When I think of bees that are sand loving I think of Lasioglossum vierecki. For one, how nice to have a golden orange bee to look at. For second it is common in sandy areas…so if you are going to find a sand specialist in a sand mine, dune, beach, barren, sandhill in the Northeast there you will find this little orange bee. Thirdly it is easy to identify, which in the bee world is a bit of a blessing.
This bad girl was discovered along a transmission line in Massachusetts by Michael Veit as part of David Wagner study of bees in these uncommon strip habitats.
Start of a new series in the KNOW YOUR WILD BEES CAMPAIGN.
Now we move into the magic of field ID.
Go outside, use butterfly binoculars … you can do it. Eastern North American Genera are our target, but in most cases the same characters will work anywhere. I am serious about this…the only reason we have bird conservation is because of bird watchers…so you need to become a bee watcher…and you will save the world.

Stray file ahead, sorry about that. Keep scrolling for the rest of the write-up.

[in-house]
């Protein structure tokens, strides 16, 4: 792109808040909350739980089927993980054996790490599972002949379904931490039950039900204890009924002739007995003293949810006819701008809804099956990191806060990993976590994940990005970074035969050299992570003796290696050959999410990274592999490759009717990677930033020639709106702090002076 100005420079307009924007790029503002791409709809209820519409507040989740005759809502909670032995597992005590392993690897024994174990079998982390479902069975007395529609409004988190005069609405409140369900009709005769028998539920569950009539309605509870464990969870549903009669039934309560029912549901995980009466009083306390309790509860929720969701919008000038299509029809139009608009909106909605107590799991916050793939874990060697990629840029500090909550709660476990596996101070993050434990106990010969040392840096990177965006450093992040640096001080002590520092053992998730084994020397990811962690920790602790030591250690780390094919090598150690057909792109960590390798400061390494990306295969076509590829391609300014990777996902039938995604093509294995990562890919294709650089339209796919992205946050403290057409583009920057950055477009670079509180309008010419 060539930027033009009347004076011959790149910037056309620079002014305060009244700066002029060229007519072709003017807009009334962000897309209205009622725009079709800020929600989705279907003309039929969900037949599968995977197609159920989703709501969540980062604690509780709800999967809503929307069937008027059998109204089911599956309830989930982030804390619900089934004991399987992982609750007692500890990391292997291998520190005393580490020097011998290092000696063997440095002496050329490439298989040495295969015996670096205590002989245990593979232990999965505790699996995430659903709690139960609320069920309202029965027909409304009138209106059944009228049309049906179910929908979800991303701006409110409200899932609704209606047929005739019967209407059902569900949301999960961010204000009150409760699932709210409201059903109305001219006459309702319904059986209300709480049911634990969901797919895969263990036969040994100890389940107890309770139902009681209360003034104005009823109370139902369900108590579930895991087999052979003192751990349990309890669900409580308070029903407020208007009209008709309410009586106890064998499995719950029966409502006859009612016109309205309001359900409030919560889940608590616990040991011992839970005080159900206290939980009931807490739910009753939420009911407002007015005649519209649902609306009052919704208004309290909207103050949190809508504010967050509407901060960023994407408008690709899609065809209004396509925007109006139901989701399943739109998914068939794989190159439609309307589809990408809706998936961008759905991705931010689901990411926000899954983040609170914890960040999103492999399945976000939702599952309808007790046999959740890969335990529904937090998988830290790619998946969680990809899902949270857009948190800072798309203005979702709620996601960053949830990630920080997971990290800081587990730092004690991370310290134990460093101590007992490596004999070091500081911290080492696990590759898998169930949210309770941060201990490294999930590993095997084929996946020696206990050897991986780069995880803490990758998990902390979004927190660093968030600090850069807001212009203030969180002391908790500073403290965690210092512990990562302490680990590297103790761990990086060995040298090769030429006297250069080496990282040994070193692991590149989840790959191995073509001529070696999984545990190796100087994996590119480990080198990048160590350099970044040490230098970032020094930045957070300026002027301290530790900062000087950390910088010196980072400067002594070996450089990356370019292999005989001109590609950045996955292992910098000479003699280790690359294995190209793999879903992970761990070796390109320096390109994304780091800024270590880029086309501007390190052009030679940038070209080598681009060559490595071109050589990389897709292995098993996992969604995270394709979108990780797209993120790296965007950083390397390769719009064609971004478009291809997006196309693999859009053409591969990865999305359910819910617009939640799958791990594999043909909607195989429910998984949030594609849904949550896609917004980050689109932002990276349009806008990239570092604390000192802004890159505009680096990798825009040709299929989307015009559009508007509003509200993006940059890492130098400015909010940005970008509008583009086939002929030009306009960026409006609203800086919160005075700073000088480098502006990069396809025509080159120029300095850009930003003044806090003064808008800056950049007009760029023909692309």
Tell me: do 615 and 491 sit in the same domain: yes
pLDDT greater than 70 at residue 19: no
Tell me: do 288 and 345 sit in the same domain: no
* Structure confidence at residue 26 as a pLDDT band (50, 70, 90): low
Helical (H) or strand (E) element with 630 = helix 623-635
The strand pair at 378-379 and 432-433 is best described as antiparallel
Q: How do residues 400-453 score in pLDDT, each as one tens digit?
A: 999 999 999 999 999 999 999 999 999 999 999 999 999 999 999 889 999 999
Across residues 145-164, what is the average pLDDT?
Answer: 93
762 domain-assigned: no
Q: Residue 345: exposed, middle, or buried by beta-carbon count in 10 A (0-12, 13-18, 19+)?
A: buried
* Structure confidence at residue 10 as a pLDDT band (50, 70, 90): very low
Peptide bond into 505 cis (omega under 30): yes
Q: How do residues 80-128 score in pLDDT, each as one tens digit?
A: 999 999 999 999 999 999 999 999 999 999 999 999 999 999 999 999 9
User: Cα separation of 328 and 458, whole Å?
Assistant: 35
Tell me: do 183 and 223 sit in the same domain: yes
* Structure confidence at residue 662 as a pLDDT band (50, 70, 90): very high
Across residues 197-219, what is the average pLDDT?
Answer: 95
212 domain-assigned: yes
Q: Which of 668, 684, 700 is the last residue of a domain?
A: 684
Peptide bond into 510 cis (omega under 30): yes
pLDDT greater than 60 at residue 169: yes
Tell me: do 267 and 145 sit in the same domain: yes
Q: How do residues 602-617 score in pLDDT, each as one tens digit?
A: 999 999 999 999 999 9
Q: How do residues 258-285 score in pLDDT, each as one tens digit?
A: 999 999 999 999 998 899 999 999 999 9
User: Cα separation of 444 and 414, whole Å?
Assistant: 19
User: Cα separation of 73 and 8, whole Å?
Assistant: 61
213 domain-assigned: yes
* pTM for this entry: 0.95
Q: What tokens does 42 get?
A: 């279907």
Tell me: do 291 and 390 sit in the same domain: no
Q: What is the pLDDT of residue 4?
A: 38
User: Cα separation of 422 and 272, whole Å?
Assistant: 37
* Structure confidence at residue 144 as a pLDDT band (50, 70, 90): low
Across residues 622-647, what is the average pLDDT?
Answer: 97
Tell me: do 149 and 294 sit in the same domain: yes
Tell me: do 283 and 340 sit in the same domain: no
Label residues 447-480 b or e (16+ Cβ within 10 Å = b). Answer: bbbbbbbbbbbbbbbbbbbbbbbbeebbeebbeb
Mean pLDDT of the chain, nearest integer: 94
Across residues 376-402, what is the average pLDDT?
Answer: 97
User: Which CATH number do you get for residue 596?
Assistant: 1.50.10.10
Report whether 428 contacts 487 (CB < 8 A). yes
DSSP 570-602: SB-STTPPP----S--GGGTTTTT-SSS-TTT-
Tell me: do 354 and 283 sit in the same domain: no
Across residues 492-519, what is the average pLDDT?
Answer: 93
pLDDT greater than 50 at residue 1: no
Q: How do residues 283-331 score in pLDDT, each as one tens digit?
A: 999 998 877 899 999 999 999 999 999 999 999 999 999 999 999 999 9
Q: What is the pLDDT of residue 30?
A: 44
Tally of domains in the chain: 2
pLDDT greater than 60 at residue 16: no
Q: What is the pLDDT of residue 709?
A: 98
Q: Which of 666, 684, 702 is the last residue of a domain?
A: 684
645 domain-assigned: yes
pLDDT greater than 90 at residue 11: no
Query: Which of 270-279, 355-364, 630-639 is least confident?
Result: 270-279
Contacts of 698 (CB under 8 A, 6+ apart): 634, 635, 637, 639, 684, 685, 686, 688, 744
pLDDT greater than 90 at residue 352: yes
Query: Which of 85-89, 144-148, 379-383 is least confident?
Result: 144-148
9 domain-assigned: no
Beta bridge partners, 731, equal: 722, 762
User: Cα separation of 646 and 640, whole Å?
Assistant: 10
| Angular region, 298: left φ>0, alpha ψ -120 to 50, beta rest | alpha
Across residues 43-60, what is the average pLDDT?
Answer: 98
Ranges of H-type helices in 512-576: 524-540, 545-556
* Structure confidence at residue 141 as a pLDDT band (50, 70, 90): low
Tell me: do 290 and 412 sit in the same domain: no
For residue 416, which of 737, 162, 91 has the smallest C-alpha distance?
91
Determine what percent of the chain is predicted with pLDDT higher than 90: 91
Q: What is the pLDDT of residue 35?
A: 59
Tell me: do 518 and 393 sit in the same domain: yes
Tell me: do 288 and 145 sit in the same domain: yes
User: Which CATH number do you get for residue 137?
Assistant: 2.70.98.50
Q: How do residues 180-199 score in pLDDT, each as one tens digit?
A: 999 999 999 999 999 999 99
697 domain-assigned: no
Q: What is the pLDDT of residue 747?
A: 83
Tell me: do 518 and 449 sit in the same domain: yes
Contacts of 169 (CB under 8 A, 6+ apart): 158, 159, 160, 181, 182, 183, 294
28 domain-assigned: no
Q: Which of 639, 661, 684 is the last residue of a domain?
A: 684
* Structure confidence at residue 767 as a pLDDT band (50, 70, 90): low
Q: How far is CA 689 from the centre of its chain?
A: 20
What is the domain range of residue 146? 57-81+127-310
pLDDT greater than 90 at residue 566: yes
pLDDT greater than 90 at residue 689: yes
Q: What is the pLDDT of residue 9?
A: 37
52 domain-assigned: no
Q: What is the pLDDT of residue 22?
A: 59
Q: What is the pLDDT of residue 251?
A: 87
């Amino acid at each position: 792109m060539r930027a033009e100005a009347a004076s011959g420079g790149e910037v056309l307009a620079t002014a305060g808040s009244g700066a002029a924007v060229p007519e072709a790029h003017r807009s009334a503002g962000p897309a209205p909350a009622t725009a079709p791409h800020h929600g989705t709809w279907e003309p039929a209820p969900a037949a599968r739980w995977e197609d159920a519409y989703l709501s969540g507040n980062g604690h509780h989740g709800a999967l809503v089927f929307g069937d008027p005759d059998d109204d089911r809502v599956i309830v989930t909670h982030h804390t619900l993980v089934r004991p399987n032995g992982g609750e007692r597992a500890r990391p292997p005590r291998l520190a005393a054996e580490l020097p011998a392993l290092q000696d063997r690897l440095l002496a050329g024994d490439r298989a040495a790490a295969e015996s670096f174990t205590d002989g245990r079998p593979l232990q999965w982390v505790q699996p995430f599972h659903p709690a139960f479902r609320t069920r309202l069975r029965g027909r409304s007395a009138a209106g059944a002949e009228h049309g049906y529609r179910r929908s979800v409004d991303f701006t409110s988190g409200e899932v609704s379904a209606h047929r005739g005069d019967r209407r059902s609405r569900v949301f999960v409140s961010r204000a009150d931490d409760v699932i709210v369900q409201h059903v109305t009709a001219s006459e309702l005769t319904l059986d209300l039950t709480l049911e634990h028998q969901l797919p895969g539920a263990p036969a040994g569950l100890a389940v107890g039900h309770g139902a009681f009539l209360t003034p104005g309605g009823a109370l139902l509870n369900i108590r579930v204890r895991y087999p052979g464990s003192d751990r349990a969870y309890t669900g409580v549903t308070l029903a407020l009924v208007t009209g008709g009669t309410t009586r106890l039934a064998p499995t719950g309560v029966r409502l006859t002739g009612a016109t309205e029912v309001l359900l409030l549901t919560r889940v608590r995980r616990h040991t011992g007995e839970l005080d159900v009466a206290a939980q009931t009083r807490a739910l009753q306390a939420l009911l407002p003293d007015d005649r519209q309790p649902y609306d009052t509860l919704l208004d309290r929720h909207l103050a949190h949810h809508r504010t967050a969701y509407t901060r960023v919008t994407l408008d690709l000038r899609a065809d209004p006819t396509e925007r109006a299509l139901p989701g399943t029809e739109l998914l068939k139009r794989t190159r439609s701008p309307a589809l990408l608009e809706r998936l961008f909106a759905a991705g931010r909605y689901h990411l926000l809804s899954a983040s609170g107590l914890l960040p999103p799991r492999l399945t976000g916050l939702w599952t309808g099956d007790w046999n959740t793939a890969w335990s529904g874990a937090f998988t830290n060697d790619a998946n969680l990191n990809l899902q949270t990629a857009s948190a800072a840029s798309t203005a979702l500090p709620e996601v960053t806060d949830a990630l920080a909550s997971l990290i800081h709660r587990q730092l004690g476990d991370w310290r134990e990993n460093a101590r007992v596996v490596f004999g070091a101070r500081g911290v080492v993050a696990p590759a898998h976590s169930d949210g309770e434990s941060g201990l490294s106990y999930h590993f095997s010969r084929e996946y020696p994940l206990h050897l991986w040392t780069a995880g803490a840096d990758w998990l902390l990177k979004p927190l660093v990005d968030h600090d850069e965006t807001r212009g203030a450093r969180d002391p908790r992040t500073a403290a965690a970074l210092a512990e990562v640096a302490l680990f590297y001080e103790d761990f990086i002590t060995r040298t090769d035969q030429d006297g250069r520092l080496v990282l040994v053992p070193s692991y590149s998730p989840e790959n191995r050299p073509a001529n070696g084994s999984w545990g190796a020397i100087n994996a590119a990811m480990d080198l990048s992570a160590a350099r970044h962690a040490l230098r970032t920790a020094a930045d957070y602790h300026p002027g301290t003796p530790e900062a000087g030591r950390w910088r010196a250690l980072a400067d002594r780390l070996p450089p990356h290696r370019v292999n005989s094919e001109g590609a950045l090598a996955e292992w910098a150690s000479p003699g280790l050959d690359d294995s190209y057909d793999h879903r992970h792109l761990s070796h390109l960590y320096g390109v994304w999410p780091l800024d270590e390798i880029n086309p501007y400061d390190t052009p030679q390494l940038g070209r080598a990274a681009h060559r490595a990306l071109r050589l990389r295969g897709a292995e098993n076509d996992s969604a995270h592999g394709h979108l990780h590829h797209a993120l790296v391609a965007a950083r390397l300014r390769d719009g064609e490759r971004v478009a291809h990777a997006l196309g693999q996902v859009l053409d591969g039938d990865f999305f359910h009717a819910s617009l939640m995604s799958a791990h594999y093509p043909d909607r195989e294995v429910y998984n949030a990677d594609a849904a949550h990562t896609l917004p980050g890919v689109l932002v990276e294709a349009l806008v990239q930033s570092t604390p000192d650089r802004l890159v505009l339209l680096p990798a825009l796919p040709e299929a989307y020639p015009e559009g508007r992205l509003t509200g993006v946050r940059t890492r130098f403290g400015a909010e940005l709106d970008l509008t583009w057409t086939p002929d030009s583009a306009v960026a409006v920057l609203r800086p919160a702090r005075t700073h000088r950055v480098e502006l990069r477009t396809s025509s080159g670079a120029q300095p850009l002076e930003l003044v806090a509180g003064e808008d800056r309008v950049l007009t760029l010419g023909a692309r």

I have never posted something on this blog that wasn’t bee related, but I need your help.
I am helping with a fundraiser at my school to raise money for the Canadian Cancer Society. My goal is to raise $100 and I need your help.
I’ve decided to hold a raffle to help raise money. By donating any amount to my page (the more the better since everything is donated), your name will be entered into a raffle and you have the chance to win a set of my bee pins and profile picture sticker (which are both available on my Etsy).
All the money for this month has been donated. I’m super busy this month so I will not be able to research and find another bee saving organization to donate to next month, so all the money for next month will also go this organization. You can donate here